The FTLD syndrome also includes two language variants. These progressive aphasias are semantic dementia (SD) and progressive non-fluent aphasia (PNFA). SD is characterized by a gradual loss of word meaning and semantic knowledge. Word finding and single-word comprehension problems are typically the first and ultimately the most severe symptoms, even while speech is fairly fluent and grammatical form and repetition are preserved. SD is associated with bilateral anterior temporal lobe atrophy. When the disorder is predominately left-sided, patients primarily present with language deficits, although behavioral abnormalities include compulsions and impairments in emotional processing (K. P. Rankin, Baldwin, Pace-Savitsky, Kramer, & Miller, 2005). Predominant right-temporal involvement is associated with difficulty recognizing faces and social dysfunction. PNFA is characterized by an early disturbance in motor speech, repetition, and syntax. Oftentimes, the patients themselves are the first to be aware of changes, complaining of subtle declines in the ability to articulate and express themselves. Although expressive speech is the most dramatic symptom early in the disease course, impairments in syntactical processing are also evident when written language and comprehension are carefully assessed. Neuroimaging studies indicate that PNFA is characterized by left inferior frontal and insular atrophy.

FTLD is also characterized by pathological heterogeneity, to the point that it may be most useful to conceptualize FTLD as an umbrella term that describes several neurodegenerative syndromes that differentially affect the frontal and temporal lobes. In fact, most cases of FTLD do not actually have Pick bodies. While microvacuolation and neuronal loss are typically seen on H&E staining, immunohistochemistry has led to a much better understanding of the molecular basis of FTLD-related neurodegeneration (Cairns et al., 2007). Pick bodies are now referred to as tau-positive inclusions with a preponderance of 3R tau. The majority of FTLD cases, however, are tau-negative and ubiquitin-positive. More recent studies have identified the presence of a TAR-DNA binding protein (TDP-43) that may be the primary disease protein underlying the ubiquitin-positive cases (Amador-Ortiz et al., 2007; Cairns et al., 2007; Neumann, et al., 2007). Associations between specific pathologies and clinical syndromes are also beginning to emerge; tau and ubiquitin pathology are both seen in FTD, whereas tauopathies more often underlie PNFA, and ubiquitin is much more frequent in SD.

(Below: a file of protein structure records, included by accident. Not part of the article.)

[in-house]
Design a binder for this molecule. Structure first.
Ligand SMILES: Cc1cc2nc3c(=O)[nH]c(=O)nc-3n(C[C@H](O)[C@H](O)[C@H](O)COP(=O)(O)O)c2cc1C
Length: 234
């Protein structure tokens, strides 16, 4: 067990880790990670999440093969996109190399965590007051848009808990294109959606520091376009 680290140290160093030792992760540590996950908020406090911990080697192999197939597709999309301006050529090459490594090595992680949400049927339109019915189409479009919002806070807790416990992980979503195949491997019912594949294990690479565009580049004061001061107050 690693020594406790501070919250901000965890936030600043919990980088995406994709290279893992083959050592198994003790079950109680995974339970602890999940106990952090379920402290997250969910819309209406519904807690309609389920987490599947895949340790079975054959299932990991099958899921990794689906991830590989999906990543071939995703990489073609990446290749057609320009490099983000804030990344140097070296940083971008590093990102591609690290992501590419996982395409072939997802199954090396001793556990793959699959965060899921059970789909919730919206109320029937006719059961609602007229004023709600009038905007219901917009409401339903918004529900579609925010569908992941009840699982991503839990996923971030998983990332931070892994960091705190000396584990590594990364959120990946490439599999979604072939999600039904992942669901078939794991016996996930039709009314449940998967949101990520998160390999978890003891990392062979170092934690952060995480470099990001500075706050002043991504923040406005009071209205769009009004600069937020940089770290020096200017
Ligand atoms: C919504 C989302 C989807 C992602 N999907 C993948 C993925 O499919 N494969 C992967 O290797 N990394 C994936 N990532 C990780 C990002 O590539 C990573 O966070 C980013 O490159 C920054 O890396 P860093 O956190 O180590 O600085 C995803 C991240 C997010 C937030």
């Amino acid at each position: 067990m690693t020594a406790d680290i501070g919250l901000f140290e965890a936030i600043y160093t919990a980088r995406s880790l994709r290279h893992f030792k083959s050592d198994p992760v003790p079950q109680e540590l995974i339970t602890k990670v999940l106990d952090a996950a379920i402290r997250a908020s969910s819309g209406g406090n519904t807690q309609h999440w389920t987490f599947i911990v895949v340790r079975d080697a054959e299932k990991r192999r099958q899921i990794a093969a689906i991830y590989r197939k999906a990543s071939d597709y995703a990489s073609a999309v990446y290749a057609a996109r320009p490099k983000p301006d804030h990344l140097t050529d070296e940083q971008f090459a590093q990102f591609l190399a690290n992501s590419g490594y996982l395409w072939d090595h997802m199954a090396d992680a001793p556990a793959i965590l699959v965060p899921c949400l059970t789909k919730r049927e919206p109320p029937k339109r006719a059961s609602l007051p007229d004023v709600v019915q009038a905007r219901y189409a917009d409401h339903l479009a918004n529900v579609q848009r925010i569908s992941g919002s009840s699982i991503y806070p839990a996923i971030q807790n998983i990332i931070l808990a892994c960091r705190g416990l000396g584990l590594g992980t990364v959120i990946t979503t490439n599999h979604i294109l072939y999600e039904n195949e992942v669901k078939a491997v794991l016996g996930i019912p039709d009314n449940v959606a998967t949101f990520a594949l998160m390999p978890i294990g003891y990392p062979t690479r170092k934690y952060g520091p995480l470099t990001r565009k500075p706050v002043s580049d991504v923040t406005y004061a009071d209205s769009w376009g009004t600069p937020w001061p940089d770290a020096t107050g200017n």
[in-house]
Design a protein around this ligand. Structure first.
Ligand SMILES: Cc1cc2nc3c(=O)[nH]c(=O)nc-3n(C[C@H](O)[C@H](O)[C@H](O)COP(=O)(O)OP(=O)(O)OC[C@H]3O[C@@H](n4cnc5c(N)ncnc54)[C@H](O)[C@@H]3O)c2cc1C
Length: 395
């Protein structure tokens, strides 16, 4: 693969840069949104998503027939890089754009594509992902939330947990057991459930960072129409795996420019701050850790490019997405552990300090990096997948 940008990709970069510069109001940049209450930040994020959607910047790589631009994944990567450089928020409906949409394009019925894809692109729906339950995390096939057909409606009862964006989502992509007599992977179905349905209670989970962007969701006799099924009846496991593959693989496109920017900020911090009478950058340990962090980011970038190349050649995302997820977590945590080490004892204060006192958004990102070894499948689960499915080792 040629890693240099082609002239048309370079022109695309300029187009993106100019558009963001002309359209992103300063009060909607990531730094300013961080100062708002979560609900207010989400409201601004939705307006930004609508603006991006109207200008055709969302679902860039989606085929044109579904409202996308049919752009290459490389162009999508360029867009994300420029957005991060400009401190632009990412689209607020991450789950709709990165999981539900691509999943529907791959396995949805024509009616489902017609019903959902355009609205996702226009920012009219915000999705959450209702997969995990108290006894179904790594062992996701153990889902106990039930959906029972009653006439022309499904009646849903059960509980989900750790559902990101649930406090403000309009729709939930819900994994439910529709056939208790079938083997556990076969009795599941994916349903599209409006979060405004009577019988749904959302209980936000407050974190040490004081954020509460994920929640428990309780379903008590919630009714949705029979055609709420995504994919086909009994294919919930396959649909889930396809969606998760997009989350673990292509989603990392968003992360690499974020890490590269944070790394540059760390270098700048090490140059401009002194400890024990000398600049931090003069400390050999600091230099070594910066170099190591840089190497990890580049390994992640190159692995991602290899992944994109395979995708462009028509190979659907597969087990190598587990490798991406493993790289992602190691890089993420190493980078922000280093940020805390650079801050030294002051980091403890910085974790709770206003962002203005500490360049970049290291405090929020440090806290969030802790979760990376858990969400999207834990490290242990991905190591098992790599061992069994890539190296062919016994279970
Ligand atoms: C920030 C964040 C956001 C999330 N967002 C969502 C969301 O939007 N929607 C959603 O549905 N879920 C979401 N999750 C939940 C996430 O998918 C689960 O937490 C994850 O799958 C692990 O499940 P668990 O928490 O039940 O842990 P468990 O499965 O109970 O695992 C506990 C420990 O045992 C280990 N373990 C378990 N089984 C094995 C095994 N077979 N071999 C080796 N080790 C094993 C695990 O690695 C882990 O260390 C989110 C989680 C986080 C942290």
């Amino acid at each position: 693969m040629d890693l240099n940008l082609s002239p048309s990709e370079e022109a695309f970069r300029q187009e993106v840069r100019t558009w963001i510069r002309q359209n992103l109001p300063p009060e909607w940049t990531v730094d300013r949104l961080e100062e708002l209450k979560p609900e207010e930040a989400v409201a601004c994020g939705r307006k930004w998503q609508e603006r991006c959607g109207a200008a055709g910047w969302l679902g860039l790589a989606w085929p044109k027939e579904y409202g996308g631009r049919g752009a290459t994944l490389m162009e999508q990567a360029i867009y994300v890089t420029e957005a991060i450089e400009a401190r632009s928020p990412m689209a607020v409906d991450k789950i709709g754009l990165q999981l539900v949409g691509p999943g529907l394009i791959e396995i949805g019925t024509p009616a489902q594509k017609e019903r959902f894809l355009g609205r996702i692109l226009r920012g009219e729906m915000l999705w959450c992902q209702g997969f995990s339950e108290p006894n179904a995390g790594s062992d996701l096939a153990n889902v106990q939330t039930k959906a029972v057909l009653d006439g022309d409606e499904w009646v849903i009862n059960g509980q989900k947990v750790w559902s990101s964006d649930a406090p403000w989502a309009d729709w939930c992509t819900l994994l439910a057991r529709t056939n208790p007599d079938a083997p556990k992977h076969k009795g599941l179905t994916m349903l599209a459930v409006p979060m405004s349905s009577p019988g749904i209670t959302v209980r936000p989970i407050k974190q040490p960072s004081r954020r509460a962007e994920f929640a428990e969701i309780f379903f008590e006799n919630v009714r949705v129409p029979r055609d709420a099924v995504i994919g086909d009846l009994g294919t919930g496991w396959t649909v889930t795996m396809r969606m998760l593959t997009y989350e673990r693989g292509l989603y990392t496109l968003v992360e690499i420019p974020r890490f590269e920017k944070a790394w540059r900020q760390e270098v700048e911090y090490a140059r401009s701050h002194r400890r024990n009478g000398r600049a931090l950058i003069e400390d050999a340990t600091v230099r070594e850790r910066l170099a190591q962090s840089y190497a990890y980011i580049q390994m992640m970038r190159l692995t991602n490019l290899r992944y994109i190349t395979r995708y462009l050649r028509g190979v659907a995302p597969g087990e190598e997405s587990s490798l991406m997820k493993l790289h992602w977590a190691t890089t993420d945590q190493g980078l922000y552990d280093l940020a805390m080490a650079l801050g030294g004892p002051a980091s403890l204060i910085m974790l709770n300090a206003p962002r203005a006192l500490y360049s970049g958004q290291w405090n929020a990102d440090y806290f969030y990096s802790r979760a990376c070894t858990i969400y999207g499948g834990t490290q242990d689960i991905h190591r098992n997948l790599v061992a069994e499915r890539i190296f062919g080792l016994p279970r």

Etiology of FTLD

Identifying the underlying neurobiological causes of FTLD and the antecedent factors that may influence its expression are areas of active investigation. FTLD is the third most common neurodegenerative syndrome behind Alzheimer’s disease (AD) and dementia with Lewy bodies (Cairns et al., 2007). It is proportionately more common in the presenium, with an average age of onset in the late 50’s (Johnson et al., 2005). Ratnavalli et al. (Ratnavalli, Brayne, Dawson, & Hodges, 2002) reported that the prevalence of FTLD and AD were similar prior to the age of 64, and FTLD accounts for 10-20% of all early-onset dementias (Ratnavalli et al., 2002; Snowden et al., 2001).

The majority of FTLD cases are probably sporadic, although 30-40% of cases have a positive family history (Josephs, 2007; Sikkink, Rollinson, & Pickering-Brown, 2007), and several autosomal dominant variants have been identified. Chow et al. (Chow, Miller, Hayashi, & Geschwind, 1999) investigated the frequency of familial FTD by looking for FTLD-related symptoms in the families of 42 index cases of FTD. After excluding family members with depression, they found familial cases in 40%, of whom the majority showed a dominant transmission pattern. The initial presentations mostly consisted of personality and behavioral changes that preceded cognitive impairment. Amyotrophic lateral sclerosis was found in 11%.

Two genes on chromosome 17, microtubule-associated protein tau (MAPT) and progranulin, may account for 20% of all familial cases, and genes on chromosomes 3 and 9 have also been identified (Sikkink et al., 2007). The MAPT gene is associated with frontotemporal atrophy and tau inclusions at autopsy. Several mutations in the progranulin gene have also been identified, although these cases are linked to tau-negative, ubiquitin-positive pathology. Genetics is vitally important for early detection of FTLD because by prospectively studying families with a likely FTLD-associated gene, we can begin to describe the types of abnormalities that might signal an incipient neurodegenerative disorder. Clinical experience with these families has suggested a higher incidence of academic underachievement, psychiatric disturbance, and personality disorders beginning well before the onset of FTLD, and early signs of prodromal change include personality and behavior change (Chow et al., 1999). In addition, a study of one family with a known mutation in chromosome 17 showed presymptomatic carriers demonstrated cognitive dysfunction that was not present in 6 nonmutation-carrying relatives. Frontal-executive dysfunction was prominent even in some of the youngest mutation carriers (Geschwind et al., 2001).